2. Abraham Lincoln: Vampire Hunter - It's a movie about Abraham Lincoln killing vampires!!!  That sounds like some awesome, albeit silly, fun.  It's not.  I think I am most disappointed because it is from the same director as Wanted - which was awesome, albeit silly, fun.  It even copied the same sequences from Wanted (the becoming an assassin sequence, the train sequence), yet it was really dull.  I didn't even recognize Mary Elizabeth Winstead, as Mary Todd.  I've never seen her so lifeless before.  Then, I was super excited to see Anthony Mackie, because he has incredible screen presence, but just like Miss Winstead, there was no energy at all.  Even worse, the star of the movie, the guy who plays Lincoln (I'm too lazy to even look up his name) was so blaaaaah (I've run out of words for boring).  The movie sort of reminded me of Cowboys & Aliens, in the way that it has this completely preposterous plot that could be gloriously entertaining, but it just weighs itself down in all this serious dialogue, choppy editing and forgettable characters. It's not even bad enough to be memorable, it's just bad. 

3. Savages - Expectations were lowered, and I think that was a good thing because I was completely entertained by it.  I wouldn't call it a good movie, but there were parts of it that were done really well. It's much more fun to talk about the bad parts, though - like the laughable dialogue, problematic casting and Benicio Del Toro's mullet wig (which was far more distracting than it should have been).  It clearly would have been a better movie with stronger lead actors.  Blake Lively is absolutely beautiful and I am completely jealous of her perfect body, but her acting isn't strong enough for a movie like this (yet).  I was impressed by her in The Town and even like her sometimes on Gossip Girl (tonight is the last episode! Sad face.  Not really, that show should have ended 3 seasons ago), but she was pitiful in this movie.  Her voice is monotonous, which is problematic since she is the narrator of the story.  Aaron Johnson really irks me, for no reason in particular.  And, Taylor Kitsch, poor Taylor Kitsch.  I really want to root for him, but this movie was a disaster for him (as was John Carter and Battleship).  The supporting cast, Benicio, Salma Hayek and John Travolta did their best to make up for the bad performances, but it just wasn't enough.  Worse than the acting, though, was the dialogue.  Lively's character says things like "I have orgasms, he has wargasms" and describes the differences between her two lovers as one is a "Buddhist", the other is a "baddhist".  For real.  I did love the portrayal of a non-conventional relationship, but the movie made it clear that it's not a relationship that would work (and if the movie doesn't believe it, then why should I?).  The odd double ending, was just that.  Odd.  Like, what the fuck?  The first ending was satisfying enough.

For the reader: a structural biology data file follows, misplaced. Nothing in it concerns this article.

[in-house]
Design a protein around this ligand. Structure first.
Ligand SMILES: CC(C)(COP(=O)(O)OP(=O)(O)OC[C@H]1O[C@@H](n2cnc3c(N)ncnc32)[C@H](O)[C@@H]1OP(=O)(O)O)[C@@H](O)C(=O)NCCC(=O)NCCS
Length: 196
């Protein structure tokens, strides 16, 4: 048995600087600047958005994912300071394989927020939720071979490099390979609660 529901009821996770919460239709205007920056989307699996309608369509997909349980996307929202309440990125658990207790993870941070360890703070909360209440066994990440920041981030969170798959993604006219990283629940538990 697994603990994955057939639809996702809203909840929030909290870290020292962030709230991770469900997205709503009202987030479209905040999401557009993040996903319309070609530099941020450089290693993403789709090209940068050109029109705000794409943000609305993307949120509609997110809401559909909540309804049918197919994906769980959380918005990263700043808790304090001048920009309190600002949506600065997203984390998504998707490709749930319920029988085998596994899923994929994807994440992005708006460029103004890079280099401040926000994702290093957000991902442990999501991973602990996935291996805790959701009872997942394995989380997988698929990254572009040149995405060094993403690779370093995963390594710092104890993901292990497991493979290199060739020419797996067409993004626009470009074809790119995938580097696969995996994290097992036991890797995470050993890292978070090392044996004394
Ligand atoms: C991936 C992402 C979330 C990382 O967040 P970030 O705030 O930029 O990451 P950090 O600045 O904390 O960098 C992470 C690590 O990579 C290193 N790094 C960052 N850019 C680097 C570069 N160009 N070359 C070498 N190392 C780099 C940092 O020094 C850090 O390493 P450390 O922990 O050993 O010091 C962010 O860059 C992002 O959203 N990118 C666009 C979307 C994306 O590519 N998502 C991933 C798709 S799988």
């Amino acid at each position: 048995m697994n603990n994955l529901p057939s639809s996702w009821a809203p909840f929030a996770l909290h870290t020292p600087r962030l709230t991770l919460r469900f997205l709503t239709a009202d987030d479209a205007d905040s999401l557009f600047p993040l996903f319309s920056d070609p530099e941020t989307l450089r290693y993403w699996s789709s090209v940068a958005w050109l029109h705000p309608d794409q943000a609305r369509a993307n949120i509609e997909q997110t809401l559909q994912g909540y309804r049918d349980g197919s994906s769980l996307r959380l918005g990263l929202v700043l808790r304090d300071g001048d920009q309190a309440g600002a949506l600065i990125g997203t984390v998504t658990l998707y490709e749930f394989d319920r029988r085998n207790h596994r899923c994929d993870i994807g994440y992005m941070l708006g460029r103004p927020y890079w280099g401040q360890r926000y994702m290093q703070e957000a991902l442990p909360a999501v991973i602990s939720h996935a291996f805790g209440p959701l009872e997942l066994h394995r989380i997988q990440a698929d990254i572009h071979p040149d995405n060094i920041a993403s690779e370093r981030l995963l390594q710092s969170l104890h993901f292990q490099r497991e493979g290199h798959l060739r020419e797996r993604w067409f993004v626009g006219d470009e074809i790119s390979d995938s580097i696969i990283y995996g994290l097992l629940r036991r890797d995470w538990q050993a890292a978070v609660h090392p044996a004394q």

4. Rock of Ages - Truly horrific movie.  I don't think I could possibly think of anything nice to say about it.  I didn't really expect to like it, but I didn't think I would be tortured by it.  I've never seen the Broadway production and this movie makes sure that I will never see it (although I am sure the stage version is much better).  As someone who is a huge fan of Glee (or should I say "was" a huge fan.  I actually stopped watching the show.  I can no longer defend it's awfulness), I thought that I would find some humor in Rock of Ages, as they do a lot of the same covers of rock songs on the show.  However, it made me long for the talent that the cast of Glee has, because the actors in this movie CAN NOT SING.  I'm surprised that my ears didn't start bleeding.  Tom Cruise and Malin Akerman completely butchered one of my favorite songs "I Want to Know What Love is" (greatest rock ballad ever!!)I've always disliked Akerman, and this movie didn't do her any favors.  Now I actually hate her.  Tom Cruise was clearly trying to prove something (what that is, I'm not sure).  I appreciate that he gave 100% of himself into the role, even if it was still a disaster.  His "rocker" character was just a bad combination of Axl Rose and Bret Michaels.  Julianne Hough seems like a nice enough girl, but I am not sure why she was picked for a role like this - she can't sing (she does do an amazing hair flip thing).  Catherine Zeta-Jones had the worst role in the movie, as the "bitch" who wants to ruin all the fun.  So, she protests rock music, by singing rock music (makes total sense).  I truly feel bad for Bryan Cranston and Paul Giamatti because they clearly don't belong in this trash.  The only saving grace is Mary J. Blige, who can actually sing.  She made everyone else like they were singing karaoke during amateur night.  Aside from the singing, the movie is extremely dumb.  Girl moves to L.A to follow her dreams of being a singer, falls in love, gets her heart broken, becomes a stripper, etc., etc., etc. 

5.  Vamps - I was excited for a new Alicia Silverstone/Amy Heckerling movie, but also Krysten Ritter is in it as well!!  I loved her on Breaking Bad, and she is really hilarious on Don't Trust the B* in Apt 13 (although the show isn't that funny - it would be if it was just about her and Dawson).  Vamps is about two fun-loving vampire "besties" who stay out partying all night and sleep all day (obviously).  It's campy, cheesy and cute but it should have been much funnier and wittier.  I was expecting Clueless-type dialogue, but this movie just regurgitates the same "I can't keep up with the times" dialogue.  It didn't help that they were supposed to be college students (sorry, but no).  It had some fun moments and represents a friendship between two females that isn't catty, which is rare.  Thumbs up for the Un Chien Andalou clip.